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Residential Spaces

The South will rise again! Looking at Korean Apartments

There are not many people who would argue that North Korea will make a comeback and outshine their Southern brethern, but once, this wasn’t the case. During the war, both Koreas were raped, pillaged and flattened by waves of Chinese soldiers or American bombers. The North had more reminents of Japanese industry, the South (except for Seoul) had been used by the Japanese as a rice-basket.

Quite easy to find Pyeongyang on the map

Quite easy to find Pyeongyang on the map

By the early 1960s South Korea was heading the same way as the US backed Banana republics of Central America, or the Banana Republic of Asia, the Philippines. There was little or no industry, life, as the historians like to quote (Mills, I think) “was savage, brutal, and short”. This goes well for the architecture as well.  The other night I was flipping through my old Lonely Planet guide for SK with a student, and my student was complaining that all the photos were 50 years old. They weren’t, but they only showed the most rural aspects of the country. If you were to browse the book in a shop, you would get an image of Thailand’s North, or Laos.

South Korean cities, until recently, were much like their Northern counterparts. Filled with awful public buildings and horrific Eastern European apartment blocks. The two countries couldn’t possibly be more different now. In the North there are virtually no cars on the street, and people have even forgotten how to look for traffic, cars are so rare in the countryside. In the South, this isn’t the case. With car ownership reaching North American levels (almost 82% of people, compared to 89% in the US). This causes problems, as Korea is 70% mountainous, there just cannot be enough tunnels or bridges to handle the masses of cars.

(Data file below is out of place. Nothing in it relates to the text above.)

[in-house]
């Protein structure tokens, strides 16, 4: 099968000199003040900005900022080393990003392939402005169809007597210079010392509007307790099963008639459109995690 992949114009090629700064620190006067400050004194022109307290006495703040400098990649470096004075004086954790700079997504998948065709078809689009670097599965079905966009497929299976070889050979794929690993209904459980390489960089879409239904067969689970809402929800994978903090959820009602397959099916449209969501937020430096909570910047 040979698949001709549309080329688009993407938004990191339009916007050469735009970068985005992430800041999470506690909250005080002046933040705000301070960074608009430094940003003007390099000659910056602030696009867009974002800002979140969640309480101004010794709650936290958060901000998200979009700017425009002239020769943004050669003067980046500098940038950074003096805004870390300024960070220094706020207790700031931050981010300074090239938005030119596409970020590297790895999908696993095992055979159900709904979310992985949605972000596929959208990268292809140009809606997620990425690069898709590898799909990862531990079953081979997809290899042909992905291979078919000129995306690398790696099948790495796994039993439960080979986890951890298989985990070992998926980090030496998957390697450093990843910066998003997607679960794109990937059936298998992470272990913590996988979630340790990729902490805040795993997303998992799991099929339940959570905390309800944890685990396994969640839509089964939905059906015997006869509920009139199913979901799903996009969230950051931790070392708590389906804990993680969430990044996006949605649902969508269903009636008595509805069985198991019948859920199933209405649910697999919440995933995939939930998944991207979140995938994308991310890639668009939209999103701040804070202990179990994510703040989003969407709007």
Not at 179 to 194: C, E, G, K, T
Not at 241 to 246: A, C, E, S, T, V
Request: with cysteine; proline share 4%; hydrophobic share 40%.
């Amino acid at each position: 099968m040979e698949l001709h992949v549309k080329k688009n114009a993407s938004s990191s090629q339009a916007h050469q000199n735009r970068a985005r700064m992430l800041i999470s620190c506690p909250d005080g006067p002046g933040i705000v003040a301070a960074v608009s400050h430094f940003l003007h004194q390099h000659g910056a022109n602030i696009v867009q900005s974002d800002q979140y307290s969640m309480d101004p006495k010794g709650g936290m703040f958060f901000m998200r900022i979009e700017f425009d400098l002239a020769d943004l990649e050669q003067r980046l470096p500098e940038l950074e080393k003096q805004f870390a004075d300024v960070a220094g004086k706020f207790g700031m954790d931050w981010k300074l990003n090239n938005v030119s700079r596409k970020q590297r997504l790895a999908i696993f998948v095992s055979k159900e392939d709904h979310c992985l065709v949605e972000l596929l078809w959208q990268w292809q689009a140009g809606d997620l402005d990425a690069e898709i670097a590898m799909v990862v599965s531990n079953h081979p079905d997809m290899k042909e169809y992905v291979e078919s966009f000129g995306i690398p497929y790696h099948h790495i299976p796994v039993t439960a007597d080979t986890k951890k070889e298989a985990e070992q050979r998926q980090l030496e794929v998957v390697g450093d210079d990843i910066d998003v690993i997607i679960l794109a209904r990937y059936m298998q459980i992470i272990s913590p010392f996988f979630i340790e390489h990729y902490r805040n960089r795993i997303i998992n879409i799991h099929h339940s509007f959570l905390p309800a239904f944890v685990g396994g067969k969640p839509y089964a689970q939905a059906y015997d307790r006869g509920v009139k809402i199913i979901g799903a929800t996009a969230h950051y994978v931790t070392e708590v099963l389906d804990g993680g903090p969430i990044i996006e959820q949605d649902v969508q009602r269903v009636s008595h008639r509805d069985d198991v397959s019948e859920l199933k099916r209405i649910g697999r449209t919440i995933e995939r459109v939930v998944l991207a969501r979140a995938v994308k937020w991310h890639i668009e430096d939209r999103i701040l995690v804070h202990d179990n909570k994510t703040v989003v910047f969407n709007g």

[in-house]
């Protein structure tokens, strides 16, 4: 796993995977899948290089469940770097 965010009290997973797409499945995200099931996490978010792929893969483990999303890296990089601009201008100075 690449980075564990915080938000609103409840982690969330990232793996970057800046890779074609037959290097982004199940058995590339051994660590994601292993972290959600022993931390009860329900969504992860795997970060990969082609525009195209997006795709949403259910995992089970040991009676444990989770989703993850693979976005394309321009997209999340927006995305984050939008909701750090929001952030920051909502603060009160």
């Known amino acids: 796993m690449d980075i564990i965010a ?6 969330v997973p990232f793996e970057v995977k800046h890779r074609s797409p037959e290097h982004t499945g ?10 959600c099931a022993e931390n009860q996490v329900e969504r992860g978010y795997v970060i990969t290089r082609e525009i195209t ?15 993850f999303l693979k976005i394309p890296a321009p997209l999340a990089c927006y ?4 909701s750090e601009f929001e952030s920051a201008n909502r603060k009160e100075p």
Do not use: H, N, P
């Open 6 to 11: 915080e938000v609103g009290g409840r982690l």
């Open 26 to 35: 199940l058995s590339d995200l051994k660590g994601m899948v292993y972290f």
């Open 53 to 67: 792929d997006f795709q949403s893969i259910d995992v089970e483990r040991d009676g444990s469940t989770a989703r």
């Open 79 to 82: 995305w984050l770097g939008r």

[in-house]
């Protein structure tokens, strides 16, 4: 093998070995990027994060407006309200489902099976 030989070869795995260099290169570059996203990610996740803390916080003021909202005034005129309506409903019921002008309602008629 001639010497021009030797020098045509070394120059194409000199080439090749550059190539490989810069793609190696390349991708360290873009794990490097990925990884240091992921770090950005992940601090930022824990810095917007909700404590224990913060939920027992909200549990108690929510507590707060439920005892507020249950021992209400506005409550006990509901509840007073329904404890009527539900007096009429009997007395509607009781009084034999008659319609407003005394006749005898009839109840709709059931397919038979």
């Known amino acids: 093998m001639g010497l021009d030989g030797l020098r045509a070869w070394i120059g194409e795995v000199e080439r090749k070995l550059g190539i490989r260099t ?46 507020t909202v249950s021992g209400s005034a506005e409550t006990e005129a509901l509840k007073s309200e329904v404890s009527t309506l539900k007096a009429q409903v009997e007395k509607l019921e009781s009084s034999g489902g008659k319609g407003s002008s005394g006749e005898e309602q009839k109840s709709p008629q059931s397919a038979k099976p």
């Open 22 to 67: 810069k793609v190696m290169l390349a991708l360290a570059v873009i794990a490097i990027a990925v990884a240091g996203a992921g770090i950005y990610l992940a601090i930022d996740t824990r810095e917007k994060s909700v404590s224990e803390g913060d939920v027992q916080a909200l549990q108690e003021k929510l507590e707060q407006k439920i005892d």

I stole this photo fromOverlooking an old neighbourhood in Ulsan

A new way of thinking, Concrete and Green

A new way of thinking, concrete and green

The beauty of average Korean cities, on either side of the DMZ leaves a lot to the imagination. Both countries were rushing to build nations, not to build quaint neighbourhoods for strolling around on a Sunday afternoon. The military-industrial complex that Kim Il Sung and Park Jung Hee developed in the 1960s helped create a ‘quantity over quality’ mindset in their respective people. Of course, today nobody in the North has anything, but in the South the ‘Quantity’ mindset is slowly being replaced by the ‘Quality’ one. The endless white towers of the 1990′s and first half of this decade aren’t being built as much. Newer, larger towers (that usually end up painted a shade of white) are springing up around the country. The architects are finally being allowed to build more interesting projects. Space is still at a premium, but the parking lots crowded out with cars are being buried beneath inlaid brick paths and small parks.

The newest generation of Korean apartments are spacious and well designed on the inside, and much more community oriented on the outside. The old ‘domino’ apartments had only space for cars, not for people, but the human is being thought about now, and children play in playgrounds, rather than in carparks in the new complexes.

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